While you’re painting and adorning your decorations, you’ll also be able to talk about their size, but don’t forget colour, shape and pattern as well. Discuss the similarities and differences between the decorations in terms of size, shape and colour. Count how many decorations you made and you’ll be sneaking a maths lesson into the fun of Christmas craft. Preschool age children will be developing and experimenting with more complex mathematical vocabulary, for example instead of only big and small they’ll know other words to describe an object’s size (e.g. long and short). By the end of preschool children will probably be able to order objects according to their size (e.g. biggest to smallest). Older children may enjoy measuring the shapes using a ruler and describing their size in centimeters. If you’ve got a budding mathematician in the house they may even want to dig out their protractor to measure the size of the angles they’ve cut out.

Don’t forget to discuss colour as your child mixes the paints and how, for example blue and red can be mixed together to make purple. By about three years of age children should be interested in the process of mixing colours and offer explanations for why the paint changed colour (e.g. the red paint change to purple because I added blue paint). Older children will be able to distinguish primary and secondary colours and may be interested in making a colour mixing table to record their observations about which primary colours are mixed together to achieve each of the secondary colours.

Fine motor skills

Making Christmas decorations is a great activity for developing children’s fine motor skills, which are the skills they need to control their fingers to manipulate objects. Every time they pick up, move or place small objects like glitter or googly eyes they’ll be developing their finger muscles and control. By two years of age children should already have the ability to pick up small objects using pincer grasp (only their thumb and forefinger). But practice makes perfect and this activity should provide plenty of opportunities for toddlers and preschoolers to practice.

- Advertisement -

Painting and sticking adornments to the cut out decorations, and pouring ingredients from one container to another when making the dough will also develop your child’s fine motor skills. As they manipulate the paintbrush they’ll be strengthening the same finger muscles they’ll use for writing. As your child ages you’ll notice that their movements (and the things they paint) become more precise, in the same way their hand writing becomes neater. Older children will benefit from challenges like painting intricate shapes and pictures or repeating patterns. For young children just spreading out the paints and watching the colours mix together is probably enough of a challenge.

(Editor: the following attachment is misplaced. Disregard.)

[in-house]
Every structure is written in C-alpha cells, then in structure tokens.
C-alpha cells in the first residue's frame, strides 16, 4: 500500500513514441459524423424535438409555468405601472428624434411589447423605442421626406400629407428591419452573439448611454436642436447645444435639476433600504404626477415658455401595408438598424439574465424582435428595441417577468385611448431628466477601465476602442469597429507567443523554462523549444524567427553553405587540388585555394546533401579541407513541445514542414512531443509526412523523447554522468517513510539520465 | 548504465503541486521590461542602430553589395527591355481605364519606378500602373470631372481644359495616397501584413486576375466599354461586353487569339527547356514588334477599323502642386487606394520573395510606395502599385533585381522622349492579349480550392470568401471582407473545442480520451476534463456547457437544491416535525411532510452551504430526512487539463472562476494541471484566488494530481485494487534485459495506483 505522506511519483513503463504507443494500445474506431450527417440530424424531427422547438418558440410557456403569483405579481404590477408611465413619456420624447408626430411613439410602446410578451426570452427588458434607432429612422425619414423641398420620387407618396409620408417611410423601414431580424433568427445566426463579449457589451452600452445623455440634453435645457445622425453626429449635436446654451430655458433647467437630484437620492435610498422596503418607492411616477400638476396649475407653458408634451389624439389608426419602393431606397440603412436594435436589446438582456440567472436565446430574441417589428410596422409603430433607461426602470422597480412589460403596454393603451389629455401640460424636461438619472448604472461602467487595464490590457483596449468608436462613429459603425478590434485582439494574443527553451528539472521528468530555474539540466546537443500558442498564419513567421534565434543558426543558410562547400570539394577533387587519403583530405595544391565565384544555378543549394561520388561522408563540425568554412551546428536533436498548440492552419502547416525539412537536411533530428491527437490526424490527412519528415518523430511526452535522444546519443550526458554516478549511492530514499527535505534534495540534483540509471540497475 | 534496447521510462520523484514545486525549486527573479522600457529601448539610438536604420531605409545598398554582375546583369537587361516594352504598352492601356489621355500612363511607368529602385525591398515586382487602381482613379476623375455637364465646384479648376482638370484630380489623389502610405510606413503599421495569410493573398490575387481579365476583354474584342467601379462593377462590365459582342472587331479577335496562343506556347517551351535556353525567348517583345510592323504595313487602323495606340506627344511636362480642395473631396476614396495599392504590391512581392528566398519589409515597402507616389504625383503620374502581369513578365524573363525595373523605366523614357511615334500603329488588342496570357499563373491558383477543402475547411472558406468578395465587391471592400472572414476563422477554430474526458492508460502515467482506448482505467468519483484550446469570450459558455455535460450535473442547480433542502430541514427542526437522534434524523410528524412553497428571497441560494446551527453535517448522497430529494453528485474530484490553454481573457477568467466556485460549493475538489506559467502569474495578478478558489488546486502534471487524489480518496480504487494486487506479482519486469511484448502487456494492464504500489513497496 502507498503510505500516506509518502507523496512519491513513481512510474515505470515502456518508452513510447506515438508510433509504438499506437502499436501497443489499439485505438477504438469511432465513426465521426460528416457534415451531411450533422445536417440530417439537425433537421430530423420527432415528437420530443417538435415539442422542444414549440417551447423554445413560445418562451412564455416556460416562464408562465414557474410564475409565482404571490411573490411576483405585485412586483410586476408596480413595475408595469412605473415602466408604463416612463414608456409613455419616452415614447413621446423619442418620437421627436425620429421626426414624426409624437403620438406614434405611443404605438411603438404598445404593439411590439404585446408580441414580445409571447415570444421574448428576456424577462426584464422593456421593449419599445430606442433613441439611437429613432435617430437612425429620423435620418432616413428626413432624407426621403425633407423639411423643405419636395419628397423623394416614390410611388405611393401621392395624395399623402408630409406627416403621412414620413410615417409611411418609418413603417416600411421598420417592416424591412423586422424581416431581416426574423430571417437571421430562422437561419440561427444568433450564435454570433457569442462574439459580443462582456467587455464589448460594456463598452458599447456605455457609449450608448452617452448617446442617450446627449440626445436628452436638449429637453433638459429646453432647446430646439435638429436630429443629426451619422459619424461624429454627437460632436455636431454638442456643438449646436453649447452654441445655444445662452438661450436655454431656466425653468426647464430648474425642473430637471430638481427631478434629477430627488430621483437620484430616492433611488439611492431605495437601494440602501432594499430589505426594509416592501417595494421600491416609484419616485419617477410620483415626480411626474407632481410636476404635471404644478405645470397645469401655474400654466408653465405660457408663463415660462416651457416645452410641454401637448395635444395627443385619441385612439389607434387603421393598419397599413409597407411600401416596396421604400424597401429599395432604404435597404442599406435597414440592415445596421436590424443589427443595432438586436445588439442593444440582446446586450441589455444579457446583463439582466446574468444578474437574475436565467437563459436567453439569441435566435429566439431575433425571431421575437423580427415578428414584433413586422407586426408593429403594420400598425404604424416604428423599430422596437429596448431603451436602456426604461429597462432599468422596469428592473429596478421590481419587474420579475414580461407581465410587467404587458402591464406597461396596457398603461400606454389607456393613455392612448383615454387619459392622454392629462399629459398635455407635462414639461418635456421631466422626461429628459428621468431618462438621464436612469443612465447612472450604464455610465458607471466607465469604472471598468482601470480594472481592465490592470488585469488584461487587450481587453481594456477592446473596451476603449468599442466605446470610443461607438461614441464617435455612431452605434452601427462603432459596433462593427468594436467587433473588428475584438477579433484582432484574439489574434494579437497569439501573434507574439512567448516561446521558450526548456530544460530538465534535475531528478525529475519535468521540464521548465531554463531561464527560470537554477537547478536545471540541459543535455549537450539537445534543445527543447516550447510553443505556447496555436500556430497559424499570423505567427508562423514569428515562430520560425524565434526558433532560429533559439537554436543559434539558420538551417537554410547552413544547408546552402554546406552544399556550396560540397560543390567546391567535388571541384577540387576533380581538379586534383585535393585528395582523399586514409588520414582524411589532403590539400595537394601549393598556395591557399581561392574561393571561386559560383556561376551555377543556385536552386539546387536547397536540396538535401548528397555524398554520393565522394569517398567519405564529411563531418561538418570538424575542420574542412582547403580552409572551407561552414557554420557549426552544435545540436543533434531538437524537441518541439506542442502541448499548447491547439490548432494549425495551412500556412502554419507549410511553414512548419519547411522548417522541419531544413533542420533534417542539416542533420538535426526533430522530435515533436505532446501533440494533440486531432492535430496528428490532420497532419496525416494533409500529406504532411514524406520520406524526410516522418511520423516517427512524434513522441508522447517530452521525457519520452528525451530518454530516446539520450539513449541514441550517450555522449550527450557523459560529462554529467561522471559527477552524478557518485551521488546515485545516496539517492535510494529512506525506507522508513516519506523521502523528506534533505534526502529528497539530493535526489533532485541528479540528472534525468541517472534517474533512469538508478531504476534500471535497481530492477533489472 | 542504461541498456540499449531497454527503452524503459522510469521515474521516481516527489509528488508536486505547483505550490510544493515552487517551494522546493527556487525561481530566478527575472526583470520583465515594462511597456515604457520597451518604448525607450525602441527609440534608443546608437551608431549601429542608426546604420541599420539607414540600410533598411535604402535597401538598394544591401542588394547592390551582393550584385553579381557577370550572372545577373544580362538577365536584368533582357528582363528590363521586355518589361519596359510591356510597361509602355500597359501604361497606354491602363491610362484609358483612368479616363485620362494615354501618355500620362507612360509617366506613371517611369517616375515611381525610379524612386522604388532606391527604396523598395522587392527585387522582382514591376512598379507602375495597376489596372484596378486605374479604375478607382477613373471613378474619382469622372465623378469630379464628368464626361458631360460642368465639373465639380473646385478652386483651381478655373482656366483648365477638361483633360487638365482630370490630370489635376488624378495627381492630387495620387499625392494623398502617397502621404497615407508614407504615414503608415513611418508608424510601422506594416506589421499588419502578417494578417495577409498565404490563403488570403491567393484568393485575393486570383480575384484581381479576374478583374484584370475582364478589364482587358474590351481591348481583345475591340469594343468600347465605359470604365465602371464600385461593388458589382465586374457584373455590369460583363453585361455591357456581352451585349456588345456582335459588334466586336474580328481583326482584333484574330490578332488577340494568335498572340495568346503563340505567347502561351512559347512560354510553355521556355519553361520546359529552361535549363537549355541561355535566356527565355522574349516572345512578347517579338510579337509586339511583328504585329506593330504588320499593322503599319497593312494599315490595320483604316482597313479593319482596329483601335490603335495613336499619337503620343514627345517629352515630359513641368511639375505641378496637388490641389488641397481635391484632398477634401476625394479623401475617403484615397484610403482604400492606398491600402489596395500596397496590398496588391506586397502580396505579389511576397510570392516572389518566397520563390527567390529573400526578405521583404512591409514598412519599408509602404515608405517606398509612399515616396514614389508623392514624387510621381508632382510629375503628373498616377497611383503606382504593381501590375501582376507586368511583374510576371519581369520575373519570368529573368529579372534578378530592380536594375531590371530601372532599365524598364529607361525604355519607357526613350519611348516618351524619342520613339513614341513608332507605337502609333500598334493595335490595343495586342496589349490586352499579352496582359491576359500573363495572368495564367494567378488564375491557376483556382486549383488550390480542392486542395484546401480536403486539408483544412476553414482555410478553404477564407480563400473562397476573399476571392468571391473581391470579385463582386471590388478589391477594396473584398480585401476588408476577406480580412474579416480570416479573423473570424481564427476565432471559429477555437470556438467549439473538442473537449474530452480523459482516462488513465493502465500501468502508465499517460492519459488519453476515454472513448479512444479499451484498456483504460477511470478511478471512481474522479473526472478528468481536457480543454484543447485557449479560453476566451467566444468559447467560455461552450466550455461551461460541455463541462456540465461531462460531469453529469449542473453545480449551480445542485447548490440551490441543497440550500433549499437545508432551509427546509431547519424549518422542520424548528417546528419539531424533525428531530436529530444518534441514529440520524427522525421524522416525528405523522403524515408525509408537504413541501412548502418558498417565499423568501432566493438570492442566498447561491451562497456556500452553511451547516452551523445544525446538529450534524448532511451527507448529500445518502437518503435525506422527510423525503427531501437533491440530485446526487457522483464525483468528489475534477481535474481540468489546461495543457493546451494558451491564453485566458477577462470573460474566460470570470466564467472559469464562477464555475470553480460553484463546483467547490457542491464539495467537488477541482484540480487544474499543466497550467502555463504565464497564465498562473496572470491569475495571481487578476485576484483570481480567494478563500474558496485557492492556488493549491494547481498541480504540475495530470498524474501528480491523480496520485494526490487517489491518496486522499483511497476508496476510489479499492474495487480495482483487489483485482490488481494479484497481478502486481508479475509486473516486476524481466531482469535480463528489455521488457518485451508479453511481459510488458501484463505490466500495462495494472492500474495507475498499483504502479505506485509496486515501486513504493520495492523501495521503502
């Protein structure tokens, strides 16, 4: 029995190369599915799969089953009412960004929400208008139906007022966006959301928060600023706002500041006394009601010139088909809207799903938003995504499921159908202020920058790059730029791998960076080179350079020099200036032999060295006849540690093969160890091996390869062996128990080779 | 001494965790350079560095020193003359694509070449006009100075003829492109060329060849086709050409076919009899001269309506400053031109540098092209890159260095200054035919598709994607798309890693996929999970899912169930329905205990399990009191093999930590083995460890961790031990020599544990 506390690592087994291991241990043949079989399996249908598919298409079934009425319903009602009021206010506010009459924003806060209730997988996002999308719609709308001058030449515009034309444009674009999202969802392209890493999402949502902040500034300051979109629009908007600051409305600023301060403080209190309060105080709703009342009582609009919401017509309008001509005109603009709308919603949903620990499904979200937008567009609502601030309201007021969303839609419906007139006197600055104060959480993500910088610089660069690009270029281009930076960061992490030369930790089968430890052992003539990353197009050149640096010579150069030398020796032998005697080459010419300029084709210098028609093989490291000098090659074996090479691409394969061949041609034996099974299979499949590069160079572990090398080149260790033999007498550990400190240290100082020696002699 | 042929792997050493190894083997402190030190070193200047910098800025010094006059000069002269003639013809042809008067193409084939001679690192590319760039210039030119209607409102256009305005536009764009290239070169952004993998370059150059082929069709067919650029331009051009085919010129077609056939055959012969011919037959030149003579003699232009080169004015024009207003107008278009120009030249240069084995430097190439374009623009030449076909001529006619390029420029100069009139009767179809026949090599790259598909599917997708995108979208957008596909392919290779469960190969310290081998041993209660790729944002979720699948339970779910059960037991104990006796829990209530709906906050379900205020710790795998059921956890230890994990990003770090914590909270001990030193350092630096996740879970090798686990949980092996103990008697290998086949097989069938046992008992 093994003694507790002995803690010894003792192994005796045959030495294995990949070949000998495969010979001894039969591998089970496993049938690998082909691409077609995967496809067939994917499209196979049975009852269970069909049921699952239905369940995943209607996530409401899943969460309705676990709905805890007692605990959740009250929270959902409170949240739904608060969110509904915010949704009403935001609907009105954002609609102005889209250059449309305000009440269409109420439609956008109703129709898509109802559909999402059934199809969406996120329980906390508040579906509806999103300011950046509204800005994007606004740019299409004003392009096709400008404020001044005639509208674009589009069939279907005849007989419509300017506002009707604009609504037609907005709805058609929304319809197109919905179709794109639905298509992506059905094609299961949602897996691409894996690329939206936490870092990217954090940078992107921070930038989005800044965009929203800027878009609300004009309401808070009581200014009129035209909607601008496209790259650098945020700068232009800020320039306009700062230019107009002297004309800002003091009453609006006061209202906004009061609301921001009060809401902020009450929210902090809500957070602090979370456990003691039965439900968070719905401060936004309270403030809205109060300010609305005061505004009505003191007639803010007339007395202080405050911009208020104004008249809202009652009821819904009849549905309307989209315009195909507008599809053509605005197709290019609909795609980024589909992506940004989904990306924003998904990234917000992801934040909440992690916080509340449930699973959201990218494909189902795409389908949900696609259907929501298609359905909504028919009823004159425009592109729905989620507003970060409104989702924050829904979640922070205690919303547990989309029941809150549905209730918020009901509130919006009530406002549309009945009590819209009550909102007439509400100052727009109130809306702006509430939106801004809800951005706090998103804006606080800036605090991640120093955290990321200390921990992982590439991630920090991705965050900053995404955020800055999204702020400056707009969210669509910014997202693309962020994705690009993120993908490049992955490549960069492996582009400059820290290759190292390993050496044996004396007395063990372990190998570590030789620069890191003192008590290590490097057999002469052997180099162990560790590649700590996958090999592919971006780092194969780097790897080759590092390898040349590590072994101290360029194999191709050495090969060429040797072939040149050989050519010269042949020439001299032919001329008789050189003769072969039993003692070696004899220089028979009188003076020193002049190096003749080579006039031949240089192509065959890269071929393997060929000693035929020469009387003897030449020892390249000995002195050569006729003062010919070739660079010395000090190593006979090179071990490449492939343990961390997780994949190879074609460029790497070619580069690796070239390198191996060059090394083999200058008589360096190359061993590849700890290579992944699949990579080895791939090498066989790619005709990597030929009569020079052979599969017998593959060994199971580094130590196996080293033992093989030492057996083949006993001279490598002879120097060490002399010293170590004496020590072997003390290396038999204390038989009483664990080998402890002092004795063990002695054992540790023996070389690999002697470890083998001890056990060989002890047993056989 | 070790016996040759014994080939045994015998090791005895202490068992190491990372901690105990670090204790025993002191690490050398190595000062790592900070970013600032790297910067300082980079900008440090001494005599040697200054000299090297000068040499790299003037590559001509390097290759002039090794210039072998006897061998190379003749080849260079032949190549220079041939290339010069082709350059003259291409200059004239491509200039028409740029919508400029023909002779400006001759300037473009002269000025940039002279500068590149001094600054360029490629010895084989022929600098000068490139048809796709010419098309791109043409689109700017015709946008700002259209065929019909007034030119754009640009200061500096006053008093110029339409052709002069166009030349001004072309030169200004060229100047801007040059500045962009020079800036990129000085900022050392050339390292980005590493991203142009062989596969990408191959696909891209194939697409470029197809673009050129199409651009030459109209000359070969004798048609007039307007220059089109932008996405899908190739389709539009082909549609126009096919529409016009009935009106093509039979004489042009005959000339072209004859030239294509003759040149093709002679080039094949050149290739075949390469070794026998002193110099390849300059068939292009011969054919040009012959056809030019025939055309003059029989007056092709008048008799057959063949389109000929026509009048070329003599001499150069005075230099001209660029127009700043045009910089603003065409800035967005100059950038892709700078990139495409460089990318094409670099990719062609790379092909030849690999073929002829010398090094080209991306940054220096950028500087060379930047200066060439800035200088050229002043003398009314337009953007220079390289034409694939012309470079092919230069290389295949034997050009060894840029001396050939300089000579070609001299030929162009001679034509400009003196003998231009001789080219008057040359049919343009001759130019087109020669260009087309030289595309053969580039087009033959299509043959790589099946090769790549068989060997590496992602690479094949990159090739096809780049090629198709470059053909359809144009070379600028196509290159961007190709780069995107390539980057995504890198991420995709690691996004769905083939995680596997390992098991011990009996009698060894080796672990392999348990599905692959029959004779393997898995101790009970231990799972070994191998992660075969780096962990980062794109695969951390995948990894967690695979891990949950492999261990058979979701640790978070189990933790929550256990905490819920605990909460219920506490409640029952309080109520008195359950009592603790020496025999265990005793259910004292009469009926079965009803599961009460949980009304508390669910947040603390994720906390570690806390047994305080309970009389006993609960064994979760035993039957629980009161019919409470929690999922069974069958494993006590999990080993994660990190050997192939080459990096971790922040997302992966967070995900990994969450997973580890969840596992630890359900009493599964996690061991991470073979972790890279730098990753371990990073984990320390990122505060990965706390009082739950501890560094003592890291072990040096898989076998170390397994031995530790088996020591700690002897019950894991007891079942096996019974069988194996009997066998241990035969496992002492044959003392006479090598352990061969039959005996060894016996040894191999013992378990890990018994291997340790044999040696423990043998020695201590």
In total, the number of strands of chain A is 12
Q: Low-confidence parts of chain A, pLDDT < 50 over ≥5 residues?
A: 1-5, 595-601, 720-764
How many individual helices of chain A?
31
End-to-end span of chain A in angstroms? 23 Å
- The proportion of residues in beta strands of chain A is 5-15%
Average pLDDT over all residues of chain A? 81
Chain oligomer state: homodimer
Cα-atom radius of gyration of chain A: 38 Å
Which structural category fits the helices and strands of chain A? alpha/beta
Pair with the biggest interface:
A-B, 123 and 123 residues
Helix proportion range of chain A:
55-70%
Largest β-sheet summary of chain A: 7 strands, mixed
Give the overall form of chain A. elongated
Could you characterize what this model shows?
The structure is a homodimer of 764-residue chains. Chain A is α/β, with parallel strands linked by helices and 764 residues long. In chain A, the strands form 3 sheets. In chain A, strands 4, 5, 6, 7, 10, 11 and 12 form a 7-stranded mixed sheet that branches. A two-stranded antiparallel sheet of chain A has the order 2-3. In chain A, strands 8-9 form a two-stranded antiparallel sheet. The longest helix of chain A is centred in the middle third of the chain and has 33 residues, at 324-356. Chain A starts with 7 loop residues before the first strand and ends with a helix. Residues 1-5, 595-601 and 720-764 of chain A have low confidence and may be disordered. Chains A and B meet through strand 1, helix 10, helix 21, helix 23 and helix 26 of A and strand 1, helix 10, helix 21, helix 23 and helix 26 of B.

Gross motor skills

Gross motor skills are those that control movement of the large muscles of the arms and legs. And include actions in which your child either applies or receives force. Like all other activates that require children to use their arms, preparing the dough for this activity helps develop children’s arm muscles in numerous ways because actions like stirring and rolling require children to apply force as they coordinate their arm movements. Whether you child is stirring or rolling the dough, or simply imitating your movements as they watch, they’ll be developing the large muscles of their arms and the coordination that they need to control these movements. Challenge them, for example by asking them to stir the dough faster or slower or roll it thinner.

Communication and social skills

Doing activities with your child is also a fantastic way to develop their social and communications skills. Every time they interact with you during the activity, they’re also learning how to communicate and act in other social situations. Toddlers and early pre-schoolers will learn new words and the rules of conversation- things like listening and taking turns. Older pre-schoolers and primary school age children will have an opportunity to practice using new words and incorporating increasingly complex grammar into their conversation.


  1. Virginia Early Childhood Development Alignment Program. Milestones of child development- A guide to young children’s learning and development from birth to kindergarten. 2009. (cited 26 July 2013). Available from: (URL Link)
  2. American Academy of Pediatricians. AAP alerts paediatricians to dangers of magnet ingestions. Undated. (cited 10 November 2014). Available from: (URL Link)
  3. Department of Education- Victoria. Fundamental Motor Sills- A Manual for Classroom Teachers. 2009. (cited 10 November 2014). Available from: (URL Link)
  4. Queensland Health. Physical and cognitive milestones. 2007. (cited 31 July 2013). Available from: (URL Link)
  5. Australian Curriculum and Reporting Authority. Australian Curriculum- Mathematics. Undated. (cited 2 October 2013) Available from: (URL Link)
  6. Headstart. Physical Health and Development. 2009. (cited 10 November 2014) Available from: (URL Link)
  7. Florida Health Children’s Medical Services. Infant Toddler Development Training Module 4 Lesson 2. 2012. (cited 10 November 2014). Available from: (URL Link)
  8. Kuehn Water Colour Mixing. 2013. (cited 10 November 2014). Available from: (URL Link)
  9. Columbia Developmental Progression of the Grasp. Undated. (cited 10 November 2014). Available from: (URL Link)
- Advertisement -
Date Created: November 16, 2014 Date Modified: August 29, 2018